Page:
One of the most common causes of spinal cord injury is hyperextension of the neck.
Excessive force can dislocate vertebrae and compress the spinal cord, resulting in sensory and motor paralysis.
To help you understand what to expect after spinal cord injuries caused by neck hyperextension, this article will go over its causes, symptoms, and recovery outlook. Let’s get started!
Understanding Hyperextension and Spinal Cord Injury
Hyperextension of the neck most commonly results in a type of spinal cord injury called central cord syndrome.
About 15-25% of incomplete spinal cord injuries result in central cord syndrome.
This can be caused by events like motor vehicle accidents, falls, or contact sports.
Any sort of high-impact force can cause the neck to suddenly extend and dislocate vertebrae, which can compress the spinal cord.
Depending on how severely the neck is hyperextended, various functions innervated by areas below your level of spinal cord injury can be damaged.
What to Expect After Neck Hyperextension Spinal Cord Injury
Your spinal cord is split into 5 main sections. The uppermost section around the neck is your cervical spinal cord.
Damage to the cervical spinal cord can result in:
1. Paralysis in the Upper and Lower Body
The spinal cord is responsible for relaying sensory and motor information between your brain and body. When you touch something, your body sends sensory information to your brain. Your brain then processes that information and sends motor signals back down to the muscles to react.
After a spinal cord injury, information may not be able to get past the injury site, resulting in paralysis of functions at and below the level of injury.
Because the neck makes up the uppermost section of the spinal cord, individuals who hyperextend their neck will experience some form paralysis in both the upper and lower body.
The severity of your spinal cord lesion will determine how much control you have over the affected functions.
Inability to fully control your movements typically results in reduced physical activity, which can cause:
- Weight gain
- Muscle atrophy (when the muscles shrink from disuse)
- Pressure ulcers (skin breakdown caused by prolonged pressure)
2. Bowel and Bladder Dysfunction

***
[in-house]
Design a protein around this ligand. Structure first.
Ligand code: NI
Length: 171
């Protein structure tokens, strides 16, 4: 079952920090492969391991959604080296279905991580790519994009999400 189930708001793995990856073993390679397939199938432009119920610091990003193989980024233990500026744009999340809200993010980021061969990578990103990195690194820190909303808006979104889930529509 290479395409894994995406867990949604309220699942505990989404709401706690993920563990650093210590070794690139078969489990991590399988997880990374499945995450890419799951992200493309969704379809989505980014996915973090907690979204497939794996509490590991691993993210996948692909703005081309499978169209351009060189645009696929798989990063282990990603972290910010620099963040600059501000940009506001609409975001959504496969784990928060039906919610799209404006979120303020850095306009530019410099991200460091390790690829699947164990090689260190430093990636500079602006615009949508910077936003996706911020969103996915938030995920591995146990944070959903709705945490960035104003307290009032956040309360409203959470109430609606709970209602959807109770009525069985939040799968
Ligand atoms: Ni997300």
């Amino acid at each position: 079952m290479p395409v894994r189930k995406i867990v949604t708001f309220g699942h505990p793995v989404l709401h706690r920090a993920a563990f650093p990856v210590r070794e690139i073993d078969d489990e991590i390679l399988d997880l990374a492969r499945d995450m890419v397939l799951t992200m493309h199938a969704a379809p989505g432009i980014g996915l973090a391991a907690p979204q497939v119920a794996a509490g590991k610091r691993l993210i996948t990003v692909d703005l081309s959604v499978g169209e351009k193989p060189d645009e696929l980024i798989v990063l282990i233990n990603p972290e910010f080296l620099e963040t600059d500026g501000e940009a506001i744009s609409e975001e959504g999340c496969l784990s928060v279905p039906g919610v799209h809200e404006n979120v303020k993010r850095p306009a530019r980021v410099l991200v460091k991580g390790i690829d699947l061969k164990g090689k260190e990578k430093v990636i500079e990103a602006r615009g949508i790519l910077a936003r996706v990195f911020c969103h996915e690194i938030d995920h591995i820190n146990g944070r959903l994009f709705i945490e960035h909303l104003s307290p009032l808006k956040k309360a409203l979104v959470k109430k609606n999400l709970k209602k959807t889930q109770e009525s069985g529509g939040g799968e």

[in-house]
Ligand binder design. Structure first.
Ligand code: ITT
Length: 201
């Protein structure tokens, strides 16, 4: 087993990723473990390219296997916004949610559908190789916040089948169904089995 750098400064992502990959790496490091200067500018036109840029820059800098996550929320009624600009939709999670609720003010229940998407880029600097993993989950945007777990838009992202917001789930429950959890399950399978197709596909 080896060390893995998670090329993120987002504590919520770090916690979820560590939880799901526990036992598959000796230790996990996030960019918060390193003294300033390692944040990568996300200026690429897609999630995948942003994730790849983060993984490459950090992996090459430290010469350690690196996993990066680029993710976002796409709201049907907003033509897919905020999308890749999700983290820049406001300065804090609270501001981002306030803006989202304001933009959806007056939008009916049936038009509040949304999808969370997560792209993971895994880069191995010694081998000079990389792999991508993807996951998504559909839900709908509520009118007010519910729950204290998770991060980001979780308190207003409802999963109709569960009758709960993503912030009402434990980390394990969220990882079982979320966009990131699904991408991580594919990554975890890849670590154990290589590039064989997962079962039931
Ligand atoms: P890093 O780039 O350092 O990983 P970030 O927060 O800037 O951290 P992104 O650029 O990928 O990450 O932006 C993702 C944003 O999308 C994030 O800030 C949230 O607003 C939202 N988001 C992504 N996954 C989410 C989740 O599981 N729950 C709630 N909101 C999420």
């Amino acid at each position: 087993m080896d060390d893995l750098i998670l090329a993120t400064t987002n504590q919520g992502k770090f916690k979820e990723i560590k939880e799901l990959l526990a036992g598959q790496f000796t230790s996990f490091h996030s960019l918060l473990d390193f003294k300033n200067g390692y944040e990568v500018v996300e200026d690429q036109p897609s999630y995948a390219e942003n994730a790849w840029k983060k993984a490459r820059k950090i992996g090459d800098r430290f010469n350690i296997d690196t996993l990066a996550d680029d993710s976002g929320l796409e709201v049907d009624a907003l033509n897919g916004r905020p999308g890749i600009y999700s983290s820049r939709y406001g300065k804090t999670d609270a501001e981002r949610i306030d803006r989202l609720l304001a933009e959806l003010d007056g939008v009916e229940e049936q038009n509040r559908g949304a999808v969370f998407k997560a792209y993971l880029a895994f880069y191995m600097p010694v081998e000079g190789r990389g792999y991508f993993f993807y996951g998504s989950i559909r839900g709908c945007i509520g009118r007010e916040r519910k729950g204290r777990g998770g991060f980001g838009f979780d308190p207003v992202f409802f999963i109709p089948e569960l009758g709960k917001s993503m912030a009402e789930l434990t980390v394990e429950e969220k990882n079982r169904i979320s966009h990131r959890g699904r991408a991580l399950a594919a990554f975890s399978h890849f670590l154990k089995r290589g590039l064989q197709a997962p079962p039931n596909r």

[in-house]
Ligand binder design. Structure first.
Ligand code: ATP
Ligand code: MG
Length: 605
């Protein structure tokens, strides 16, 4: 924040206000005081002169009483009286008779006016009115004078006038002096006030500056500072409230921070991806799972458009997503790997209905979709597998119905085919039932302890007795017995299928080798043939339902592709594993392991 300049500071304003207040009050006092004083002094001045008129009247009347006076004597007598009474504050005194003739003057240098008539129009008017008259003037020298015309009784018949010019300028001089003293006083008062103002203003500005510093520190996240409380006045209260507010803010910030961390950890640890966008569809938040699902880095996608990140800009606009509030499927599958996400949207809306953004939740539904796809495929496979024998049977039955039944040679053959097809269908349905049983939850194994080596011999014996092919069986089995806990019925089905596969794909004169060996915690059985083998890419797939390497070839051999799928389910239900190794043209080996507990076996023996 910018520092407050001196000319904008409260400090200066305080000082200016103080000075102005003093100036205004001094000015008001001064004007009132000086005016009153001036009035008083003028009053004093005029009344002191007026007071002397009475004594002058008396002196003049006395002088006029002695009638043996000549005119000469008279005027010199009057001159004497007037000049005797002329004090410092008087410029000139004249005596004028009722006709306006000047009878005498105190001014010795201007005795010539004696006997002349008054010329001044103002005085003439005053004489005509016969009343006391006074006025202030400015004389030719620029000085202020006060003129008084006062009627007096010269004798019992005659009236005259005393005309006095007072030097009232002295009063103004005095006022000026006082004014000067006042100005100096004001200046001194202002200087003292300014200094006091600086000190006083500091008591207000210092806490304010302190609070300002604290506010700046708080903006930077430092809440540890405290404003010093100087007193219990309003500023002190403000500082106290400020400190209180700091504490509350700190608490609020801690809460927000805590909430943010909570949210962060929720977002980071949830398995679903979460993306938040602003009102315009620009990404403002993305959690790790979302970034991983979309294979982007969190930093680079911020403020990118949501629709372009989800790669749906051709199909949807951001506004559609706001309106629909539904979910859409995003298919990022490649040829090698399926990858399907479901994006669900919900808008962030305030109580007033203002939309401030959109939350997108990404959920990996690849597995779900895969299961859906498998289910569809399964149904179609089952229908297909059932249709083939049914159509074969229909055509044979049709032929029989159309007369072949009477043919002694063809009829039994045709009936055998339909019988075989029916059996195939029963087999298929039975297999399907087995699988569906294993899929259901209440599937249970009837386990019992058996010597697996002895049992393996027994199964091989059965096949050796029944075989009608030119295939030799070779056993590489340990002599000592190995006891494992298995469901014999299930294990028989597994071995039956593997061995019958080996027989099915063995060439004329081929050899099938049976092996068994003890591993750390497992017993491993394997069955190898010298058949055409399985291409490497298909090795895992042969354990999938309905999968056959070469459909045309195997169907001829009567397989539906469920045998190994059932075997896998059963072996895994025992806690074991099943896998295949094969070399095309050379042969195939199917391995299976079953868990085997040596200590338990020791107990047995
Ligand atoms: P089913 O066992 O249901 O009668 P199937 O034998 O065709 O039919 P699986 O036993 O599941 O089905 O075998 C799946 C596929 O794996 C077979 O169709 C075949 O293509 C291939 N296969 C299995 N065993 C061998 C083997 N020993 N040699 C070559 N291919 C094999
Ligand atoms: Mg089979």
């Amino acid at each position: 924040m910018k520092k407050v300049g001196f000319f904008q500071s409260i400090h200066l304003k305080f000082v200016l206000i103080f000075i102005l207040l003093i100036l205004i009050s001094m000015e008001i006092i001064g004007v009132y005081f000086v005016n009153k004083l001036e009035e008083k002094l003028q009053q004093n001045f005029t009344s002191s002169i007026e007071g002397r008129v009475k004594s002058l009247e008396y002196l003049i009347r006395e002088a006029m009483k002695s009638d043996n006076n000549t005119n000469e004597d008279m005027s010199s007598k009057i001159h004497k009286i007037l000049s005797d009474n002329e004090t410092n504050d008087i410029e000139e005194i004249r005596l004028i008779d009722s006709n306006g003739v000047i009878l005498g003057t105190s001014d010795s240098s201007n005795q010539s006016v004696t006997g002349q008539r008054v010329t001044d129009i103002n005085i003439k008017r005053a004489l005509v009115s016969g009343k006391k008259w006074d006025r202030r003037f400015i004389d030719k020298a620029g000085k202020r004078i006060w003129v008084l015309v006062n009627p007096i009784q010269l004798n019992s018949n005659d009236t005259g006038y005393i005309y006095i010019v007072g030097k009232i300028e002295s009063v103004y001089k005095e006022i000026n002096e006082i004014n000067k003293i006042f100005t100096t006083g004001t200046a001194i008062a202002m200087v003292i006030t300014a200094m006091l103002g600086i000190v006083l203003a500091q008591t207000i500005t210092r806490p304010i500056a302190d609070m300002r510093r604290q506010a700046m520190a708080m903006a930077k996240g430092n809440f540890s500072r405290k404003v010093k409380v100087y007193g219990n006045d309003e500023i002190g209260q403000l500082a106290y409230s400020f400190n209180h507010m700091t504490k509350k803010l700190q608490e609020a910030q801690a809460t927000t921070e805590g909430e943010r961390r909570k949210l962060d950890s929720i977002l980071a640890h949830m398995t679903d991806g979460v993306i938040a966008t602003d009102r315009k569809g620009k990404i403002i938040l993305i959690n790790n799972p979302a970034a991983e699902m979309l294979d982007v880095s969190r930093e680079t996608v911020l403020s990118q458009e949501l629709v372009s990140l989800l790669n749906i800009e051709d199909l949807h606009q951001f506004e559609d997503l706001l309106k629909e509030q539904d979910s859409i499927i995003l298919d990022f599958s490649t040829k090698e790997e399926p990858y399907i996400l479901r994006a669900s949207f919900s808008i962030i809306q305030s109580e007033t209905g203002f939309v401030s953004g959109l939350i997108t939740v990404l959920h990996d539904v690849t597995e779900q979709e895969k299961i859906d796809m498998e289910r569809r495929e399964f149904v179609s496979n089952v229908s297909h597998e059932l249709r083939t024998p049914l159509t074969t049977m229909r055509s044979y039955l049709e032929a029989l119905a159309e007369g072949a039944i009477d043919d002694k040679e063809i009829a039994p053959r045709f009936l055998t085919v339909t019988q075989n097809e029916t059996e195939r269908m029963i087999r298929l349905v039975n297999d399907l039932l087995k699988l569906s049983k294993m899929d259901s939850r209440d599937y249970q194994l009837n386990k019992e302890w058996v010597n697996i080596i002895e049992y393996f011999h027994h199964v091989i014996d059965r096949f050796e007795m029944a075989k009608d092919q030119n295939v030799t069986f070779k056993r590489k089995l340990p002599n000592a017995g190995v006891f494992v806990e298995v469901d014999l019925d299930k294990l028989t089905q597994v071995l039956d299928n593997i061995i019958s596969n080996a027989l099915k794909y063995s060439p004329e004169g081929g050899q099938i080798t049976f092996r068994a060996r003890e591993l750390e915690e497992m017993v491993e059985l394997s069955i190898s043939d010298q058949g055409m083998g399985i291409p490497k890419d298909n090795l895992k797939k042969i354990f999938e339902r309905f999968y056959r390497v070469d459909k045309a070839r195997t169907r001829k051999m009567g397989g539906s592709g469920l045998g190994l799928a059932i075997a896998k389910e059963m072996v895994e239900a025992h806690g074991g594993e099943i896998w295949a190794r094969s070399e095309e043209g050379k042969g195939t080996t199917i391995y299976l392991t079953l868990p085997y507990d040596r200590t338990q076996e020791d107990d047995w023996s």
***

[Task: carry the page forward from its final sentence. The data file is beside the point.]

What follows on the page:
Spinal cord injury from neck hyperextension can also affect your ability to feel.
Because sensory information from your body cannot reach the brain, you may be unable to sense when you need to use the bathroom.
Additionally, brain signals to contract and relax may not be able to reach the areas of the spinal cord that innervate the bladder and bowel muscles.
To prevent accidents, learning how to manage bowel and bladder problems is essential.
Bladder complications are typically managed through catheterization, bladder augmentation surgery, or medications that relax the bladder muscles.
Bowel complications are usually managed by following a strict bowel program.
3. Respiratory Complications
The cervical spinal cord is split into 8 segments labeled C1-C8. The C3-C5 spinal cord segments innervate the diaphragm, which is essential for breathing.
Therefore, spinal cord injuries at the C5 level or higher will result in breathing difficulties.
Individuals with C1-C4 spinal cord injuries will almost always initially need the help of the ventilator to assist with their breathing.
Recovery Outlook for Hyperextension Spinal Cord Injuries
The amount of spinal cord damage incurred by hyperextension will determine your chances of recovery.
If you have an incomplete spinal cord injury, it means that spared neural pathways between your brain and body will exist.
Spared neural pathways are key to spinal cord injury recovery because they’re capable of adapting.
Through neuroplasticity (your central nervous system’s ability to rewire itself), functions weakened by spinal cord injury can potentially be recovered with repetitive stimulation. The more you practice a weak function, the more you stimulate its neural pathways, and the more the central nervous system adapts to strengthen that function.
It’s important to understand that neuroplasticity is limited, so the more spared neural pathways you have after a spinal cord injury, the better your recovery potential.
As you’ve just learned, hyperextension of the neck can result in very minor or very severe spinal cord damage. If you ever experience any sort of excessive force that causes your neck to whiplash, it’s highly recommended that you seek immediate medical attention to stabilize any potential spinal cord damage.
That’s a wrap! Hopefully, this article helped you better understand what to expect after a hyperextension spinal cord injury.
Featured image: ©iStock.com/EvgeniyShkolenko